Meanwhile, postgraduation opportunities abound in the Mid-Atlantic:
Nintendo’s U.S. headquarters is in Washington, D.C.; there are dozens of
independent game studios in Philadelphia and Baltimore; and major
industry players like Bethesda Softworks and Rockstar Games are within a
couple hours’ drive from Newark.
At UD, organizers hope to hire six or seven new professors for the
major and aim to have internships in game-related industries in place
within four years. A capstone seminar will allow students to work on
individual and collaborative game-development projects. Strong student
interest in UD’s existing game courses hints at future success for the
program, and early momentum should be energized by more than a decade of
interdisciplinary faculty scholarship that has already been done on
“It was a long time coming, but there was a lot of work done in
previous years that led up to this,” Hutchinson says. “We had to put
aside our academic differences and ask, ‘What does a student want to get
out of this?’ We really tried to take away some of the obstacles that
kept students out of the minor. We didn’t want people looking at it and
thinking, ‘This major’s not for me.’”
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Alina Christenbury sees a new world within reach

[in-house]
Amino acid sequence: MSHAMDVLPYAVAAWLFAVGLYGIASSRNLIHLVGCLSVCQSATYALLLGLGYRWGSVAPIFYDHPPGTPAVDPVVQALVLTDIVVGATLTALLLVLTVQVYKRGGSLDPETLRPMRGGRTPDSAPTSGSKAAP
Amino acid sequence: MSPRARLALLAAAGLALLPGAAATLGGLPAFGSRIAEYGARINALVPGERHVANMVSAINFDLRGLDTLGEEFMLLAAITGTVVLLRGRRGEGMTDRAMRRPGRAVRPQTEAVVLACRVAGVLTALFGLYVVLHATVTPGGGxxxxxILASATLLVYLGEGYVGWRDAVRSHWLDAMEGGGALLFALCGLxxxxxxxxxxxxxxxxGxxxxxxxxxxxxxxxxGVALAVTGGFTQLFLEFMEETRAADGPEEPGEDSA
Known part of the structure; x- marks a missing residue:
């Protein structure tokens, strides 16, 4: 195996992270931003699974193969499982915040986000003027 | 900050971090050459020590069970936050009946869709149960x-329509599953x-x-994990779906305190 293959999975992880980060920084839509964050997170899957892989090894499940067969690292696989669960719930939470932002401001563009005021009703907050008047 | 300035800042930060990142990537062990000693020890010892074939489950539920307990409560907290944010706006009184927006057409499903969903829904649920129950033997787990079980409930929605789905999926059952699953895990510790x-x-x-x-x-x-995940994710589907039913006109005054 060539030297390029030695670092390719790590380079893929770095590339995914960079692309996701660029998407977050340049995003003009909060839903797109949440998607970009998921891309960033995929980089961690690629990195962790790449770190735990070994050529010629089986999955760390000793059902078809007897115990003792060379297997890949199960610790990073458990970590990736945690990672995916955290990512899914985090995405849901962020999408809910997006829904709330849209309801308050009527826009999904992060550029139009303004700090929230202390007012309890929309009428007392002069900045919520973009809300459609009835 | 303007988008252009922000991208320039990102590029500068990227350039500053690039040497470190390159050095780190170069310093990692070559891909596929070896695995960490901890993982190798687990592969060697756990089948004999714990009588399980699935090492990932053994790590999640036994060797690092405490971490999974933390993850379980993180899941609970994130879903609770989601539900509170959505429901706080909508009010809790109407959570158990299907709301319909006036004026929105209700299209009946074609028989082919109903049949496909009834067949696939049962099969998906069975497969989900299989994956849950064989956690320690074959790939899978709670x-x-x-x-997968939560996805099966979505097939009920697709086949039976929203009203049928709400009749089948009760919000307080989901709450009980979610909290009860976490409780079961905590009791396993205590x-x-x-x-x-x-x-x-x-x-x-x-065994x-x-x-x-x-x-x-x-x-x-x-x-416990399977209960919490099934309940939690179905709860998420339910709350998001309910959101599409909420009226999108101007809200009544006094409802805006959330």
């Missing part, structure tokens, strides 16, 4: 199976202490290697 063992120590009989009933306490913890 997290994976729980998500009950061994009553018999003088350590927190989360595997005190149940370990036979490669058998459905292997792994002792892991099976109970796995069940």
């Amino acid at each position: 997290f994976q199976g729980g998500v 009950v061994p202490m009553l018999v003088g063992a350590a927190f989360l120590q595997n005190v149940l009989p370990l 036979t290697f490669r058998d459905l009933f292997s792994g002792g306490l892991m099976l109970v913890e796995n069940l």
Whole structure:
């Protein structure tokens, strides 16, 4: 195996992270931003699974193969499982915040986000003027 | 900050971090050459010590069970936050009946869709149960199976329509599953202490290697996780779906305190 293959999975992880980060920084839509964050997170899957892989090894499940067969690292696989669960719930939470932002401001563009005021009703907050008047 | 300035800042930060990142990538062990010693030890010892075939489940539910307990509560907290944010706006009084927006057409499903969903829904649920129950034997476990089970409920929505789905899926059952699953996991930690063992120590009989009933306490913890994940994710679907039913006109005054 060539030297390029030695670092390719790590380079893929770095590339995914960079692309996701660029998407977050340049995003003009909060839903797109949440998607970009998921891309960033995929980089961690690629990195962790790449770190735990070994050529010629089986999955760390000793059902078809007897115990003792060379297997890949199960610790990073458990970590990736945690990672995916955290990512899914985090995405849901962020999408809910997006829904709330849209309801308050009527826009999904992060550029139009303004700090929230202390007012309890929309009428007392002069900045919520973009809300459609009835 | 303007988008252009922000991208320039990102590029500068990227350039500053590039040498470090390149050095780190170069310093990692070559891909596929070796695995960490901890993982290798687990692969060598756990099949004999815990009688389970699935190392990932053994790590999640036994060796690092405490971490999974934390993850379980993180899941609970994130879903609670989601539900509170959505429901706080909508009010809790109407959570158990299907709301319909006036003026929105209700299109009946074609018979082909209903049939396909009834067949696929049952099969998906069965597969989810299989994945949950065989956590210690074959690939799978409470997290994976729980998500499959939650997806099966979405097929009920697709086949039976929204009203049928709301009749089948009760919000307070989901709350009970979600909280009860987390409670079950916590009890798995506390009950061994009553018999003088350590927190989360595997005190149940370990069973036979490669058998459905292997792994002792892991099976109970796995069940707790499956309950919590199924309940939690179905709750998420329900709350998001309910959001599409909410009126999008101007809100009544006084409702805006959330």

When she was just 4 years old, Alina Christenbury would get so annoyed with her uncle when he wouldn’t let her load the disc into his video game player.
Today, that spirit of expectation-defying precociousness still lives
in this UD doctoral student and future boundary-breaker. Charmingly
effervescent, astonishingly ambitious and seemingly predestined to be a
leader, this Millsboro, Delaware, native has already started her own
video game label, founded a group that aims to catalyze the game
industry in Delaware and led a project that aims to bring “virtual
reality” ever closer to our daily lives.
She senses it is all coming together now, as the world enters the age of Big Gaming.
“The games industry is bigger than films and movie and maybe music
combined. The numbers are wild,” says Christenbury, EG19, who is now
pursuing her graduate degree in computer science. “I view it as a whole
other medium. It’s a bit more than music, it’s a bit more than film,
it’s all of them combined into one. There’s so much potential to make
new and interesting games.”
And so she churns forward, leveraging the tech-immersed momentum she
has built since childhood. She has been a gamer “all her life,”
developing educational games for children, and now pursuing
next-generation advances in virtual and augmented realities —
technologies that can pull the user into an immersive digital
“I’ve always been into making them and figuring out how to make them
tick. I want to make one that people will love as much as the ones I’ve
loved,” says the eldest of seven siblings.
She sees a time not too far away when augmented reality will be able
to help people learn how to play guitar, piano or other instruments. She
envisions virtual reality technology that will open an unseen view of
“It will allow us to experience scenarios and events that would
otherwise be impossible or deadly, like exploring the surface of Mars or
an active volcano,” she says. “No matter what your passion is, you can
make a game out if it.”
Article by Eric Ruth, AS95
Originally published December 20, 2021